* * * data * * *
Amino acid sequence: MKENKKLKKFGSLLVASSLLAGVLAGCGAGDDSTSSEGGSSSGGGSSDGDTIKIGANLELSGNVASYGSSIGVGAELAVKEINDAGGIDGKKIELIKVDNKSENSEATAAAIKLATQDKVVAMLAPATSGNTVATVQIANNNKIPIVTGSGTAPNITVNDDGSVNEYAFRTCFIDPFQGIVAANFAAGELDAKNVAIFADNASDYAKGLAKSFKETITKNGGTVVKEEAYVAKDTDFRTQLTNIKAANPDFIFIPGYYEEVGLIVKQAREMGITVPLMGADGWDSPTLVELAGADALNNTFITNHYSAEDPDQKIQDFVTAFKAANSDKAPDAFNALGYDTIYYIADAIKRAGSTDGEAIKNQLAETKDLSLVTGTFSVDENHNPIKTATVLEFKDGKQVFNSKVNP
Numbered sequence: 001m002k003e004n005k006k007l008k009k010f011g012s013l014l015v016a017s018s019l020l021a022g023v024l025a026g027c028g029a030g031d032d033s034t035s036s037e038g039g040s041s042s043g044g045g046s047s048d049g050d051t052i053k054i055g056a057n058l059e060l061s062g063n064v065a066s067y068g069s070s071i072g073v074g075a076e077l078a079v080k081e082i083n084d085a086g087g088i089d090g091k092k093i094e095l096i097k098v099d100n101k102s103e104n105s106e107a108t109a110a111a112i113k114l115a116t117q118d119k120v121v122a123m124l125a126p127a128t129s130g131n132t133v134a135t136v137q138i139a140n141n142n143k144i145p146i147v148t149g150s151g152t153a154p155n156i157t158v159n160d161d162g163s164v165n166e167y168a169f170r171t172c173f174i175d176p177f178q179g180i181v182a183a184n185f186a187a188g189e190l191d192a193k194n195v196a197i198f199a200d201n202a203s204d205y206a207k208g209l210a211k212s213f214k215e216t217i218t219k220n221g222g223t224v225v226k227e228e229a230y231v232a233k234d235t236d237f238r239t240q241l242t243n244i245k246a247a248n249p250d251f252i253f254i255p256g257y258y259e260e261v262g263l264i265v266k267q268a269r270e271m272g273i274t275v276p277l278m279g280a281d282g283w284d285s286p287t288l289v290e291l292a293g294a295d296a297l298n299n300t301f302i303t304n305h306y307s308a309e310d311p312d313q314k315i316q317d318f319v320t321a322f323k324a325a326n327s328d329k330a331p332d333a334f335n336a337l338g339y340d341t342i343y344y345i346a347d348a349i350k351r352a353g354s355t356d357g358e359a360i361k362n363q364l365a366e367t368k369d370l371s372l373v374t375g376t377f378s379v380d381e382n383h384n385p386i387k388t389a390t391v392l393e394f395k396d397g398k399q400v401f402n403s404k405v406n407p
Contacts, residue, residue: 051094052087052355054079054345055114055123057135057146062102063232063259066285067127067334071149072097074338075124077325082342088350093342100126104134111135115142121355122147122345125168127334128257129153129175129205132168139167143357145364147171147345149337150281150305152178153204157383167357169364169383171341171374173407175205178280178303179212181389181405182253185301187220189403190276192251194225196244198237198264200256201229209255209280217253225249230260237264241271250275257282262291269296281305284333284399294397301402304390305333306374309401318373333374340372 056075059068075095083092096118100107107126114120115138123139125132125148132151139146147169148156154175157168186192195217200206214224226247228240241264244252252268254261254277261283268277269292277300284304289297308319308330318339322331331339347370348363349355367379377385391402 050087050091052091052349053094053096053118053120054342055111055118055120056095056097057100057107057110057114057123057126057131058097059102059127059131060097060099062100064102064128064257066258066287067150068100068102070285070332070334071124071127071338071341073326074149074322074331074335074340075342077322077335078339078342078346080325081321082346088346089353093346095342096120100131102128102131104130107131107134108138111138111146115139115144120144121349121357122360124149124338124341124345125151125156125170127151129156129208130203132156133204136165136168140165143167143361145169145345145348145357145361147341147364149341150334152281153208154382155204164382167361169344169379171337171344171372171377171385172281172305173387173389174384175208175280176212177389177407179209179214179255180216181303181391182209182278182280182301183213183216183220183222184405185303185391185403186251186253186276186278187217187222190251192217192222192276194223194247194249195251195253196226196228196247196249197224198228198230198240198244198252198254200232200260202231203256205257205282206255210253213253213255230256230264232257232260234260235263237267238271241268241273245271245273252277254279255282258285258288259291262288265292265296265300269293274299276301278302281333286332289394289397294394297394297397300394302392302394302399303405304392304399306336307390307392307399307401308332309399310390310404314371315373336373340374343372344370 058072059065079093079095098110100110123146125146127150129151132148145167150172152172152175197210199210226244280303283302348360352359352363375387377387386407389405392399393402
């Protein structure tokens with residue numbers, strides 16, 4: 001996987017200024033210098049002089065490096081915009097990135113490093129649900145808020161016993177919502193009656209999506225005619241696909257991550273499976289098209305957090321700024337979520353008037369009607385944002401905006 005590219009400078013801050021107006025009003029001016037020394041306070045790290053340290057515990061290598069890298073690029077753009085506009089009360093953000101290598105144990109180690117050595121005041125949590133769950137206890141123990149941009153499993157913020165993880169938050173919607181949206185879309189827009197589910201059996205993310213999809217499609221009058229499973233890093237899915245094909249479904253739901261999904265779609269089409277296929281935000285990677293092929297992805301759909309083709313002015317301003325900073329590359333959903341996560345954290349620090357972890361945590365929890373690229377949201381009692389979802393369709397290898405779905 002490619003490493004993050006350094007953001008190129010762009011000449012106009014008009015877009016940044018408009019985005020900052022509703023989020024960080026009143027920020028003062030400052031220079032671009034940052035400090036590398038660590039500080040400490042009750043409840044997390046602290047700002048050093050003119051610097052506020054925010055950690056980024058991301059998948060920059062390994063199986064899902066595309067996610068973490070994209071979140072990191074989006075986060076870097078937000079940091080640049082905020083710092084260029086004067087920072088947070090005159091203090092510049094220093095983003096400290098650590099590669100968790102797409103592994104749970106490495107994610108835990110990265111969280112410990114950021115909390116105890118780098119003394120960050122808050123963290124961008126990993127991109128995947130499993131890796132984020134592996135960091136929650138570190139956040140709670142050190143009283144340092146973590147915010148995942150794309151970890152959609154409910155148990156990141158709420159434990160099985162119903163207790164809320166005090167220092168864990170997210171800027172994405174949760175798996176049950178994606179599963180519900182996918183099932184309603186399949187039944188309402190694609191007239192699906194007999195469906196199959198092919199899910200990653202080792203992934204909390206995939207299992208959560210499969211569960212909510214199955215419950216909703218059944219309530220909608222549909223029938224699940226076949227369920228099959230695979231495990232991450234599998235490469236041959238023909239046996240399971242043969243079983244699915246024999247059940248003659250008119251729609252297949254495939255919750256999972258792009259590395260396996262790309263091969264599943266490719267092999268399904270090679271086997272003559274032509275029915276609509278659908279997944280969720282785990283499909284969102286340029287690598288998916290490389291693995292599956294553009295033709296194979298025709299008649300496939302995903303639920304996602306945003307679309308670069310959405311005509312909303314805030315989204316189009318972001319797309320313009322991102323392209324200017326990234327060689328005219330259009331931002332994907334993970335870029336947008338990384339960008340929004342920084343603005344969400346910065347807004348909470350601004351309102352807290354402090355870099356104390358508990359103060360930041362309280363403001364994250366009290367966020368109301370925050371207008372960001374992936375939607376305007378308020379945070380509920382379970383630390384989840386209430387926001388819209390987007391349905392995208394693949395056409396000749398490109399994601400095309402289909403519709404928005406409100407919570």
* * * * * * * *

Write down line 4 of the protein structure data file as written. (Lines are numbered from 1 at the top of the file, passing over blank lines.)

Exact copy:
């Protein structure tokens with residue numbers, strides 16, 4: 001996987017200024033210098049002089065490096081915009097990135113490093129649900145808020161016993177919502193009656209999506225005619241696909257991550273499976289098209305957090321700024337979520353008037369009607385944002401905006 005590219009400078013801050021107006025009003029001016037020394041306070045790290053340290057515990061290598069890298073690029077753009085506009089009360093953000101290598105144990109180690117050595121005041125949590133769950137206890141123990149941009153499993157913020165993880169938050173919607181949206185879309189827009197589910201059996205993310213999809217499609221009058229499973233890093237899915245094909249479904253739901261999904265779609269089409277296929281935000285990677293092929297992805301759909309083709313002015317301003325900073329590359333959903341996560345954290349620090357972890361945590365929890373690229377949201381009692389979802393369709397290898405779905 002490619003490493004993050006350094007953001008190129010762009011000449012106009014008009015877009016940044018408009019985005020900052022509703023989020024960080026009143027920020028003062030400052031220079032671009034940052035400090036590398038660590039500080040400490042009750043409840044997390046602290047700002048050093050003119051610097052506020054925010055950690056980024058991301059998948060920059062390994063199986064899902066595309067996610068973490070994209071979140072990191074989006075986060076870097078937000079940091080640049082905020083710092084260029086004067087920072088947070090005159091203090092510049094220093095983003096400290098650590099590669100968790102797409103592994104749970106490495107994610108835990110990265111969280112410990114950021115909390116105890118780098119003394120960050122808050123963290124961008126990993127991109128995947130499993131890796132984020134592996135960091136929650138570190139956040140709670142050190143009283144340092146973590147915010148995942150794309151970890152959609154409910155148990156990141158709420159434990160099985162119903163207790164809320166005090167220092168864990170997210171800027172994405174949760175798996176049950178994606179599963180519900182996918183099932184309603186399949187039944188309402190694609191007239192699906194007999195469906196199959198092919199899910200990653202080792203992934204909390206995939207299992208959560210499969211569960212909510214199955215419950216909703218059944219309530220909608222549909223029938224699940226076949227369920228099959230695979231495990232991450234599998235490469236041959238023909239046996240399971242043969243079983244699915246024999247059940248003659250008119251729609252297949254495939255919750256999972258792009259590395260396996262790309263091969264599943266490719267092999268399904270090679271086997272003559274032509275029915276609509278659908279997944280969720282785990283499909284969102286340029287690598288998916290490389291693995292599956294553009295033709296194979298025709299008649300496939302995903303639920304996602306945003307679309308670069310959405311005509312909303314805030315989204316189009318972001319797309320313009322991102323392209324200017326990234327060689328005219330259009331931002332994907334993970335870029336947008338990384339960008340929004342920084343603005344969400346910065347807004348909470350601004351309102352807290354402090355870099356104390358508990359103060360930041362309280363403001364994250366009290367966020368109301370925050371207008372960001374992936375939607376305007378308020379945070380509920382379970383630390384989840386209430387926001388819209390987007391349905392995208394693949395056409396000749398490109399994601400095309402289909403519709404928005406409100407919570």